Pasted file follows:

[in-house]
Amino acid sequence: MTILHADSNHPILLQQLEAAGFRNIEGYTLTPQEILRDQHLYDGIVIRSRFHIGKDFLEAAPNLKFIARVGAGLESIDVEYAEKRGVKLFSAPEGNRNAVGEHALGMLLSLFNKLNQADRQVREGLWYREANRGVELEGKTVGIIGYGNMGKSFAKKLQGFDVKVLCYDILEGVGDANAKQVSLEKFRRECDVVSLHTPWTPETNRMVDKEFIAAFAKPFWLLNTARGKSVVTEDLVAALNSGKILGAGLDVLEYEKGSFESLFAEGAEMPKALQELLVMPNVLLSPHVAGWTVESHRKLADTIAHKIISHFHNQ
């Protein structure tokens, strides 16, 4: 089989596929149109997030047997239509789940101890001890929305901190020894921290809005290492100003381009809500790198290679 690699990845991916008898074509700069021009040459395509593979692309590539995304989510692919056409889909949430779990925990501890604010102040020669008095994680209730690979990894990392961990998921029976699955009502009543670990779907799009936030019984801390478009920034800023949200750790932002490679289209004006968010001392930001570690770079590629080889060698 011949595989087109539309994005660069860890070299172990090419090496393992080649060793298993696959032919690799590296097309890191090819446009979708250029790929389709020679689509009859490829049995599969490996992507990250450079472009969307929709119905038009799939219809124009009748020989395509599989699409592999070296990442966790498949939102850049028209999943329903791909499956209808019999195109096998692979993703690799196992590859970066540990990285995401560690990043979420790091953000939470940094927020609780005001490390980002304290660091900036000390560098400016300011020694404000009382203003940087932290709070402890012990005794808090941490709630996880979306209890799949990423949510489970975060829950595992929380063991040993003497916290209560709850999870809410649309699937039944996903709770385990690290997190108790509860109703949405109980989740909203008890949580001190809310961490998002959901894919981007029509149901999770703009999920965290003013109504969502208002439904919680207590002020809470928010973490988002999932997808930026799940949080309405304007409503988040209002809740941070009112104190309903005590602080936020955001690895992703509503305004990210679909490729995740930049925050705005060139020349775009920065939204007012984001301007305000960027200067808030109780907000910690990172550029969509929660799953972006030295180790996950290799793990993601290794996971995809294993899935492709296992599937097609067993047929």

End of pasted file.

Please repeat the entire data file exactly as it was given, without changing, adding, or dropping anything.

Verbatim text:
[in-house]
Amino acid sequence: MTILHADSNHPILLQQLEAAGFRNIEGYTLTPQEILRDQHLYDGIVIRSRFHIGKDFLEAAPNLKFIARVGAGLESIDVEYAEKRGVKLFSAPEGNRNAVGEHALGMLLSLFNKLNQADRQVREGLWYREANRGVELEGKTVGIIGYGNMGKSFAKKLQGFDVKVLCYDILEGVGDANAKQVSLEKFRRECDVVSLHTPWTPETNRMVDKEFIAAFAKPFWLLNTARGKSVVTEDLVAALNSGKILGAGLDVLEYEKGSFESLFAEGAEMPKALQELLVMPNVLLSPHVAGWTVESHRKLADTIAHKIISHFHNQ
């Protein structure tokens, strides 16, 4: 089989596929149109997030047997239509789940101890001890929305901190020894921290809005290492100003381009809500790198290679 690699990845991916008898074509700069021009040459395509593979692309590539995304989510692919056409889909949430779990925990501890604010102040020669008095994680209730690979990894990392961990998921029976699955009502009543670990779907799009936030019984801390478009920034800023949200750790932002490679289209004006968010001392930001570690770079590629080889060698 011949595989087109539309994005660069860890070299172990090419090496393992080649060793298993696959032919690799590296097309890191090819446009979708250029790929389709020679689509009859490829049995599969490996992507990250450079472009969307929709119905038009799939219809124009009748020989395509599989699409592999070296990442966790498949939102850049028209999943329903791909499956209808019999195109096998692979993703690799196992590859970066540990990285995401560690990043979420790091953000939470940094927020609780005001490390980002304290660091900036000390560098400016300011020694404000009382203003940087932290709070402890012990005794808090941490709630996880979306209890799949990423949510489970975060829950595992929380063991040993003497916290209560709850999870809410649309699937039944996903709770385990690290997190108790509860109703949405109980989740909203008890949580001190809310961490998002959901894919981007029509149901999770703009999920965290003013109504969502208002439904919680207590002020809470928010973490988002999932997808930026799940949080309405304007409503988040209002809740941070009112104190309903005590602080936020955001690895992703509503305004990210679909490729995740930049925050705005060139020349775009920065939204007012984001301007305000960027200067808030109780907000910690990172550029969509929660799953972006030295180790996950290799793990993601290794996971995809294993899935492709296992599937097609067993047929």